Dr. Martin Tesch runs Weingut Tesch these days. It has been family-owned and run since 1723 and the estate is a member of the prestigious VDP (Verband Deutscher Prädikats – und Qualitätsweingüter), a century-old association of some 200 German wineries dedicated to excellence.
In his mid-thirties, Tesch is a microbiologist by training but a winegrower by inclination. Since taking over the estate in 1996 he has presided over the most fundamental changes to the wines and vines since the Knights Templar first created these Nahe vineyards over 700 years ago. His story is one of a relentless pursuit of a singular vision. This is the story of Weingut Tesch – a triumph of terroir over adversity.
Tesch is based at Langenlonsheim, a small village in the Nahe region of Germany. The town is twinned with the English town of Potton in Bedfordshire. Curiously, Potton is where I spent my teens and while both towns are founded on agriculture I can discern no connection between Riesling, the world’s greatest white grape and Brussels sprouts, a much maligned vegetable. But I digress.
This area of the Nahe is hilly, described by Martin Tesch as a “mini-Rheingau”. The Tesch vines overlook a huge flat plain once occupied in prehistory by the mighty river Rhine. Now they face the winding river Nahe instead – a mere trickle in comparison. The valley is closed to the west, thereby offering protection from rain and wind and creating a microclimate of calmer and warmer conditions, especially at night.
Martin Tesch greeted us cordially on a sunny spring morning on the road bordering his vines. “Wineries are boring and they all look the same”, he said, “so out here in my vineyard is where you can experience all the real action”. We begin to climb – the slopes are deceptive, far steeper than they first appear. After a few hundred metres we reach a restored workman’s hut. In the middle of the vines, it has a commanding view over the valley below, with the villages of Langenlonsheim and Laubenheim in the distance. The room is set out with tables, benches and glasses. This is where we taste the wines and begin to understand the language of the land.
When Martin Tesch took over from his father Hartmut, there were 30 ha of vines. These produced the usual wide range of wines found in the Nahe, all made from a multitude of grape varieties. In addition to Riesling there was Muller-Thurgau, Silvaner, Rivaner, Scheurebe, Gewürztraminer, Weissburgunder (Pinot Blanc) and Spätburgunder (Pinot Noir). The styles produced were equally complicated: QbA followed by the QmP’s (Kabinett, Spätlese, Auslese, Beerenauslese, Trockenbeerenauslese and in some years Eiswein).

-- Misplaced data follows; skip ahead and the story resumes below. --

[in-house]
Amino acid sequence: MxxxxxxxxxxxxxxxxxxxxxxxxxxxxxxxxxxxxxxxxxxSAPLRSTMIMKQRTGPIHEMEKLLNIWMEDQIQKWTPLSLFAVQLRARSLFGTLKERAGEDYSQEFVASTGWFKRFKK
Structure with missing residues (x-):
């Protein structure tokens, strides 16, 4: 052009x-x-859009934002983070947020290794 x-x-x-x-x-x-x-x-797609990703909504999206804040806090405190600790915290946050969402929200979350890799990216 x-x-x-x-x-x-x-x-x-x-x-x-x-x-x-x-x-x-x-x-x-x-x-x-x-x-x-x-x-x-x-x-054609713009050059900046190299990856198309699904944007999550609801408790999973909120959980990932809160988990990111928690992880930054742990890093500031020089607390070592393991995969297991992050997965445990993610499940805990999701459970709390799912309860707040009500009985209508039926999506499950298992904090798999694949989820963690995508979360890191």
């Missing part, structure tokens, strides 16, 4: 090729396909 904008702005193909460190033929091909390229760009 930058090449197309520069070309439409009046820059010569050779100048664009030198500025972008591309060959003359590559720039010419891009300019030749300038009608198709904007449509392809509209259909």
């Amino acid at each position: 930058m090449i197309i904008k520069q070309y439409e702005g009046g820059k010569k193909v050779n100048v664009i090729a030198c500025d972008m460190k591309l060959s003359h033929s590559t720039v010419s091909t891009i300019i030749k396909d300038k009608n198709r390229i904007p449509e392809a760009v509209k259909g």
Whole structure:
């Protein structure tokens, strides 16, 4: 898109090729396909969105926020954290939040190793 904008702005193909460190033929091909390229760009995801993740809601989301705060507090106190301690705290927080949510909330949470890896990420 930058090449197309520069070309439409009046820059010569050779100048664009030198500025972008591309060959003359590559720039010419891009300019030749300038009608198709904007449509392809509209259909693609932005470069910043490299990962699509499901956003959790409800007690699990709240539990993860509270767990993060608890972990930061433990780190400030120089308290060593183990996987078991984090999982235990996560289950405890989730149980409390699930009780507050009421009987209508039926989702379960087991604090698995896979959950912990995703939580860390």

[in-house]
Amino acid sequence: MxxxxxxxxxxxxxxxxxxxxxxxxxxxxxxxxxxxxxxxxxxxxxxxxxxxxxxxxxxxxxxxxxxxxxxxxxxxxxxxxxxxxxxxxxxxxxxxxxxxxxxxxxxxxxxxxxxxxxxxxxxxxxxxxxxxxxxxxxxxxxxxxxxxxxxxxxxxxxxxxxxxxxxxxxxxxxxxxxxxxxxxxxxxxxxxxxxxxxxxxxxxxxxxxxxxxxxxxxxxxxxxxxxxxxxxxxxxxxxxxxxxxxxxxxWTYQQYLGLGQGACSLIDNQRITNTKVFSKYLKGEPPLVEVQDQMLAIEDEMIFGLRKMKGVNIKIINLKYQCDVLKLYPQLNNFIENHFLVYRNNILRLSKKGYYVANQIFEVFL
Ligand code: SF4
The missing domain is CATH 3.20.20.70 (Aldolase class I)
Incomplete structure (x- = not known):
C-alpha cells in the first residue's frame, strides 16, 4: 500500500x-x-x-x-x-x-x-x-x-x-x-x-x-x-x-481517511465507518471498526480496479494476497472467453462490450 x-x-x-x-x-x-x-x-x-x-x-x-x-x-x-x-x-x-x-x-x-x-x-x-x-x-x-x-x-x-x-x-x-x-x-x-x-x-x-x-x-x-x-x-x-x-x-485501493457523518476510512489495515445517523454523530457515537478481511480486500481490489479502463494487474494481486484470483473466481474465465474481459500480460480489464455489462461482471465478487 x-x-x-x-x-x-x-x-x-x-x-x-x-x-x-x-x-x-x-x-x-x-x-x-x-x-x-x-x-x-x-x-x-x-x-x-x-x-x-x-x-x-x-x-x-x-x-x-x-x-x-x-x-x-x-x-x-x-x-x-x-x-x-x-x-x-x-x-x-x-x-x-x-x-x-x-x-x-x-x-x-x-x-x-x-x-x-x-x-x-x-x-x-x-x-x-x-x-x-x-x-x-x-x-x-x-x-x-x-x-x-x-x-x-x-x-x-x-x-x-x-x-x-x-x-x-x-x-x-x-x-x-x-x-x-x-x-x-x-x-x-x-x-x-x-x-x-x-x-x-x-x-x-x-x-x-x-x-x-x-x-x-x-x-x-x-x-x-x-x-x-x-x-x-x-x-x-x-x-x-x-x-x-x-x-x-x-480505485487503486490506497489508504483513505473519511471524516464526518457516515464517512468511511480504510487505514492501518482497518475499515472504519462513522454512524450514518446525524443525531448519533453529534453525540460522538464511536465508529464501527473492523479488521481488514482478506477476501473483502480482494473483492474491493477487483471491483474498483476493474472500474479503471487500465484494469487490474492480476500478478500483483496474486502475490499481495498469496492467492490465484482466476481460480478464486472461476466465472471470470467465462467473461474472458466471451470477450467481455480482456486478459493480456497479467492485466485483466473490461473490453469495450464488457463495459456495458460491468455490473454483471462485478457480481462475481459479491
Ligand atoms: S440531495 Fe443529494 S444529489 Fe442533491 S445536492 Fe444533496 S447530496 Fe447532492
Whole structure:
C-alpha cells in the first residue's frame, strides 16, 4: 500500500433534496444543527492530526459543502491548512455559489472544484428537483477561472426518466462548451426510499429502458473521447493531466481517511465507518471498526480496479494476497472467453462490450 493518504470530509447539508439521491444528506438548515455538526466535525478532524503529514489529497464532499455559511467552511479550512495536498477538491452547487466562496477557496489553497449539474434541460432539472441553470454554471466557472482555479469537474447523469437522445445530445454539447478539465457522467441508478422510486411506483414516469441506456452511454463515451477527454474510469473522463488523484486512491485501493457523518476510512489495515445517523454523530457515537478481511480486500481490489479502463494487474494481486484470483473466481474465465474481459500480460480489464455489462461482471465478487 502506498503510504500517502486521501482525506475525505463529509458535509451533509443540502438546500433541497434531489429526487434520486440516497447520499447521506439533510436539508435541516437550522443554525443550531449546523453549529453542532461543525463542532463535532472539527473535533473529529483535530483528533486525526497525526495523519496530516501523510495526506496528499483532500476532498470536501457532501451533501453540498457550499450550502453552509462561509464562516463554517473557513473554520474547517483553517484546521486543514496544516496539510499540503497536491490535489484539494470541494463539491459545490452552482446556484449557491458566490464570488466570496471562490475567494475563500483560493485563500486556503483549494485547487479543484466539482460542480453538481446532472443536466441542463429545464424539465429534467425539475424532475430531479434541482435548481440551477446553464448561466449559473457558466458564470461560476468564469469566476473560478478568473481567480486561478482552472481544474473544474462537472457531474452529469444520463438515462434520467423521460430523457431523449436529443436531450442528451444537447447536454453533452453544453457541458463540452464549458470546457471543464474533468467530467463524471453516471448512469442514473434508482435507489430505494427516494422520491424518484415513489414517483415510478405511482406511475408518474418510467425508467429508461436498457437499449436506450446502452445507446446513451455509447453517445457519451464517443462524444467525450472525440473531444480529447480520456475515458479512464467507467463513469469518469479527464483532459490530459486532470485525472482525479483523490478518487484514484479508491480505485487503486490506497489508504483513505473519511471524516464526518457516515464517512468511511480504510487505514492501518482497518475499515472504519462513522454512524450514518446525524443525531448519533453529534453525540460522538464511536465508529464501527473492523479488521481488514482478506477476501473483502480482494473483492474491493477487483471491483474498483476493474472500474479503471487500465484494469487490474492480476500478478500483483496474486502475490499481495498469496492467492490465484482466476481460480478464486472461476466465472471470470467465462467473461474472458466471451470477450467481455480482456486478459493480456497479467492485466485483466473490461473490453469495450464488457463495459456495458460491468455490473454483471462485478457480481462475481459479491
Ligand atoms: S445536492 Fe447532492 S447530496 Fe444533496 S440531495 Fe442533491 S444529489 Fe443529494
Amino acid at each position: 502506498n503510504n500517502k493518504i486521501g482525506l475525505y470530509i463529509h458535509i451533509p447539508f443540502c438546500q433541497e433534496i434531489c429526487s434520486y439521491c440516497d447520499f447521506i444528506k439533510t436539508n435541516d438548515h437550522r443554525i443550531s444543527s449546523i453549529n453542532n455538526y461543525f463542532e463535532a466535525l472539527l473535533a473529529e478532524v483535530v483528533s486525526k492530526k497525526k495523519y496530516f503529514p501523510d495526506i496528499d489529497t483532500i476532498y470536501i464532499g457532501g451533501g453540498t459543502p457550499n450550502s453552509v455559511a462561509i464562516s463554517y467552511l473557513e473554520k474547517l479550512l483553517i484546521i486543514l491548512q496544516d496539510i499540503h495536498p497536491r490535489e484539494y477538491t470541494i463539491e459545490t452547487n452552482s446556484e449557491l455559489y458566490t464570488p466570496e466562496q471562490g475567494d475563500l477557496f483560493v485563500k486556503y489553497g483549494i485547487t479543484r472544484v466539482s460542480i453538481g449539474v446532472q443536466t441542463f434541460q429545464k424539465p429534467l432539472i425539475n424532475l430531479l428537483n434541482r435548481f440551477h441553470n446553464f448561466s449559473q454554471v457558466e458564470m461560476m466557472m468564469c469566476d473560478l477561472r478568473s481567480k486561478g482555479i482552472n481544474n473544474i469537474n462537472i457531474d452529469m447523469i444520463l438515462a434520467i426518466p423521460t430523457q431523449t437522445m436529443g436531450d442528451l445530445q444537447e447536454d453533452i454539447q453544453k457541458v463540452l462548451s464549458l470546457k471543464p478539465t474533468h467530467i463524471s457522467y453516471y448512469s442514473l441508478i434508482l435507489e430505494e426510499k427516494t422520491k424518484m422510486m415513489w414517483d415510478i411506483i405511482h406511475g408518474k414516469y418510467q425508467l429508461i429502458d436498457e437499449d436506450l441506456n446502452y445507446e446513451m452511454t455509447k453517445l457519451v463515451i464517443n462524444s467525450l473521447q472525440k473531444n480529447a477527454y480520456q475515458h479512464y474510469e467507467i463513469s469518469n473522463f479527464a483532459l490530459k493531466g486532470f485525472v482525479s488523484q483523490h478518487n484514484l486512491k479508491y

Those 30 hectares were producing over fifty different wines – complex to manage and increasingly uneconomic. While Tesch had loyal customers internationally, the reputation of German wine was ebbing away and the Rieslings were getting sweeter every year.
Tesch’s answer? “I created the Punk Rock winery”, he grinned. This required a complete change in winegrowing philosophy to improve quality and reverse errors made in the past. Firstly the north-facing vineyard slopes were abandoned as they naturally produced poorer grapes. These slopes have now reverted to nature and help create habitat and biodiversity. Tesch’s neighbours have seen the improvements this has brought about and some have now followed suit.
Next, all the grapes that didn’t sell were grubbed up. That meant the inferior grape varieties like Muller-Thurgau were early casualties. The Gewürztraminer soon joined it (“because I just don’t like it at all”, says Martin with a winning smile). Suddenly, all that was left was just 11 ha of Riesling, plus three more of the two Pinots.
Today the Riesling covers 17 out of the 20 ha and the vines have an average age approaching 35 years. Tesch doesn’t intend to replant any of it in his lifetime because ageing vines bring more complexity. The vineyards are divided into two principle soil types – one of volcanic origins, the other overlaying weathered sandstone. He has adopted organic methods, the vineyards showing a healthy crop of weeds and grass between the vine rows, with vertical pruning of double canes and a green summer harvest – the result is low yields. Between 20-30 hl/ha would be considered low anywhere, in Germany this is miniscule. With only four employees, tractors are used to reduce labour but there is little sign of soil compaction.
The harvest is manual and he picks the grapes at full ripeness (traditionalists would describe the Öechsle levels as Kabinett and Spätlese) but avoids botrytis. This is because in 2001 he made the biggest change of all – “Die zeit ist reif für trockenen Riesling”, Tesch exclaimed. In his excellent English he immediately translated, “the time was ripe for dry Riesling”.
Sweet wines from Tesch are now history (except, it seems, for the occasional Eiswein when conditions allow). “I also wanted to leave no winemaking imprint on the wines, to have the wines clearly express their origins, as they do in Burgundy”. So there’s no oak used in either fermentation or maturation that would blur the precision of these Rieslings. Small stainless steel barrels are used instead. Winemaking is natural and non-interventionist – there’s no chaptalisation and the fermentation stops when it stops; but usually the wines are fully dry. The secondary (Malolactic) fermentation may happen spontaneously but in ripe vintages like 2007 tart malic acid isn’t an issue. Regardless, Tesch’s knowledge of microbiology gives him total control in the winery.
But what of his change over to dry Riesling? As we shall see, this was a very rock ‘n’ roll revolution. And not plain sailing.